Following-up on last Sunday’s column about so-called “medical” marijuana, today I’ll write about a dangerous and potentially fatal hazard associated with marijuana legalization: Hash oil explosions. We should pay attention to this hazard because Carson City will “welcome” two medical pot shops and at least two “grow” operations later this year.
A couple of people accused me of “fear mongering” when I wrote about hash oil explosions in the Greater Seattle area last year. That was after Seattle’s U.S. Attorney, Jenny Durkan, filed criminal charges against eight people in connection with hash oil explosions, one of which killed the former mayor of Bellevue, Wash., in an upscale apartment building in downtown Bellevue, the state’s second largest city. Both medical and recreational pot are legal in my former home state of Washington.
“There is no legal way to make hash oil,” Ms. Durkan told the Seattle Times. “A hash oil explosion is like a bomb going off in a home.” The Times explained hash oil is made by stuffing a glass or steel container with marijuana leaves before flooding them with a volatile solvent such as butane. That process produces a golden brown goo, which is purged of solvent by boiling it off using butane. According to the Times, “Butane can puddle in a closed room and a tiny spark can cause a huge explosion.”
So was I fear mongering when I wrote about hash oil explosions? The venerable New York Times doesn’t think so after publishing a Denver-datelined article last month titled “Odd Byproduct of Legal Marijuana: Homes That Blow Up.” “When Colorado legalized marijuana two years ago, nobody was quite ready for the problem of exploding houses,” wrote Times correspondent Jack Healy. “But that’s exactly what firefighters, courts and lawmakers . . . are confronting these days, amateur marijuana alchemists who are turning their kitchens into ‘Breaking Bad’-style laboratories using flammable chemicals to extract potent drops of a marijuana concentrate commonly called hash oil, and sometimes accidentally blowing up their homes and lighting themselves on fire in the process.”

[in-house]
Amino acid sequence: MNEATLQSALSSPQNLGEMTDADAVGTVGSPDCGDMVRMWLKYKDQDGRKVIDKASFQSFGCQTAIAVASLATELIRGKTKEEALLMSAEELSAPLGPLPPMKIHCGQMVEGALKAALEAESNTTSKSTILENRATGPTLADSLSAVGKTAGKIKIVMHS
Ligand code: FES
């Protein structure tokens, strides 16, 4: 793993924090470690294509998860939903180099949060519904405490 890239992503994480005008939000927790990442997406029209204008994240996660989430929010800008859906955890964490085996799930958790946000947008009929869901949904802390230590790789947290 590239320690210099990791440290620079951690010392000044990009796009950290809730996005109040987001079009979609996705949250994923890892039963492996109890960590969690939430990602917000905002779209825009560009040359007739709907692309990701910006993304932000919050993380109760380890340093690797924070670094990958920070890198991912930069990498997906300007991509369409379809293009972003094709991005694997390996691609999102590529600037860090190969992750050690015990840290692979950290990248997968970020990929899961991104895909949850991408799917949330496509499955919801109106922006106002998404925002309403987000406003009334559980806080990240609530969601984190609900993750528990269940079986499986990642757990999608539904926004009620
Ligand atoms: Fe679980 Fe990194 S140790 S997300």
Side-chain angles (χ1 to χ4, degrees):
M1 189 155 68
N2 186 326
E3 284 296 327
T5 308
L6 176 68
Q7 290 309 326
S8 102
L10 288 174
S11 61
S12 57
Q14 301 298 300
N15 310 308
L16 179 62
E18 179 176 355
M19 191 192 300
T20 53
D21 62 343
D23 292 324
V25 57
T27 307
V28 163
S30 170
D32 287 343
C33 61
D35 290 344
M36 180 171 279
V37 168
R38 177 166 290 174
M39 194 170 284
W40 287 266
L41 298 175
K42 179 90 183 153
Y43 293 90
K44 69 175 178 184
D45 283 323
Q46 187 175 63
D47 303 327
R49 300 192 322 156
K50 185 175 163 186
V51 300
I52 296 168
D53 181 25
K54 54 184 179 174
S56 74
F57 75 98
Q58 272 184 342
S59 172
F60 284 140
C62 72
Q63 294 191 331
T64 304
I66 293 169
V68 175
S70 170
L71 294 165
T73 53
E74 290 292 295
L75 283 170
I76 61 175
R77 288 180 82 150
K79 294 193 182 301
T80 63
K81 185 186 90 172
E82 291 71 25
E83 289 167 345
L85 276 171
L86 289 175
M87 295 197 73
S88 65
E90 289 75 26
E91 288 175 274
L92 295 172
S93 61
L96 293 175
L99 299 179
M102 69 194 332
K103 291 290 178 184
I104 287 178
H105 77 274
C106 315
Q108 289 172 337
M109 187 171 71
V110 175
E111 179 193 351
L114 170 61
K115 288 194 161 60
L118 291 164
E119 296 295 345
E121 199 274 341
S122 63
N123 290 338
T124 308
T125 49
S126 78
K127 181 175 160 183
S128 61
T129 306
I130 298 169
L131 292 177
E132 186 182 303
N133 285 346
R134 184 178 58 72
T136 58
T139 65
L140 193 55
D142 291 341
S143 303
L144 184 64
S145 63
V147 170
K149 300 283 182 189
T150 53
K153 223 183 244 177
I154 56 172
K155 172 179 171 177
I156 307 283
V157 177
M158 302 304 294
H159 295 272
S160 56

Well, this is what we can look forward to in the Silver State later this year thanks to Nevadans who voted to legalize “medical” marijuana and lawmakers who are finalizing rules and regulations for the sale and cultivation of the weed throughout our state. I hope our elected representatives will take a close look at this explosive issue during the current session of the State Legislature in Carson.
“Even as cities try to clamp down on homemade hash oil and lawmakers consider outlawing it, some enthusiasts argue for their right to make it ‘safely’ without butane,” Jack Healy wrote.
He cited deadly hash oil explosions in a Grand Junction motel, an upscale Colorado Springs building, and a Denver explosion which produced a “ball of fire” that left three people hospitalized. Closer to home, the Reno Gazette - Journal reported at least six hash oil explosions in Reno last year that sent several people to the hospital.
There were 32 such blasts across Colorado in 2014, up from 12 a year earlier, according to the Rocky Mountain High-Intensity Drug Trafficking Area, which coordinates federal and state drug enforcement efforts.
No one was killed, but fires wrecked homes and injured dozens of people, including 17 who received treatment for severe burns at the University of Colorado Burn Center. The Nevada Legislature should pay particular attention to the possibility of hash oil explosions as medical pot shops and “grow” operations open their doors in the Silver State. Frankly, I’d rather not write an “I told you so” column later this year.
Guy W. Farmer, of Carson City, doesn’t think marijuana smoke is “medicine.” How about you?
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